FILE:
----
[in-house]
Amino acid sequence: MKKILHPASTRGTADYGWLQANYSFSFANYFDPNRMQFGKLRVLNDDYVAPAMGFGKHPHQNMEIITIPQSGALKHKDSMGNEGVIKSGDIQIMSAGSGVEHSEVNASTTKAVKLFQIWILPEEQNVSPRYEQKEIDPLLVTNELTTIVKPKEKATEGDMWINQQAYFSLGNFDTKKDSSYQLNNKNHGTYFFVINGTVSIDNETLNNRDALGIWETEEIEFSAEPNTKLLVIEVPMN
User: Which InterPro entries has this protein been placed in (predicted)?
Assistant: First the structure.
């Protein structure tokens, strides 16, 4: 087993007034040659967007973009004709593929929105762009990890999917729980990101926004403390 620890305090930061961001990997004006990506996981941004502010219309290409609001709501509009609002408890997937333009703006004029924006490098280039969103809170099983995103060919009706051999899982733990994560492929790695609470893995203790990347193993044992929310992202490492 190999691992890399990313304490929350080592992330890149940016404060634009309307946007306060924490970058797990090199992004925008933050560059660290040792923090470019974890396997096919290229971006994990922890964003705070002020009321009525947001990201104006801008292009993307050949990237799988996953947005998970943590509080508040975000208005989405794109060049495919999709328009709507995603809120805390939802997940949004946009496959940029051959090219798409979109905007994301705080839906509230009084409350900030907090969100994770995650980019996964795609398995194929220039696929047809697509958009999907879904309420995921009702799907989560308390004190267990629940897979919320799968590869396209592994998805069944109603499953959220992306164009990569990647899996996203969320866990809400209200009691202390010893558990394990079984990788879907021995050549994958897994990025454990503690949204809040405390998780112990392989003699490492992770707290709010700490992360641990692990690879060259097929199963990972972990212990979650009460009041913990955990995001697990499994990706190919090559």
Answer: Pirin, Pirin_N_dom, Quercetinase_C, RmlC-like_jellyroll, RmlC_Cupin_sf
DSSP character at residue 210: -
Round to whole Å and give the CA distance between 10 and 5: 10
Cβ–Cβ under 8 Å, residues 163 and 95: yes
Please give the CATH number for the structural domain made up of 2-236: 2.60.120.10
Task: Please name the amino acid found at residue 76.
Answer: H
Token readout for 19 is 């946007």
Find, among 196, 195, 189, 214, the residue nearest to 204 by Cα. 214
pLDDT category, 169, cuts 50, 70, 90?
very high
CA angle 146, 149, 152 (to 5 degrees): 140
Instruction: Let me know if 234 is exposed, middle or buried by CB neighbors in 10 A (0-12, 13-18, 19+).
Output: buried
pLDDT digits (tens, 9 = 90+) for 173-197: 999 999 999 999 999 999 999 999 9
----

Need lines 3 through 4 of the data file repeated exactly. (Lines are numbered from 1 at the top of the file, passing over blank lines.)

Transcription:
User: Which InterPro entries has this protein been placed in (predicted)?
Assistant: First the structure.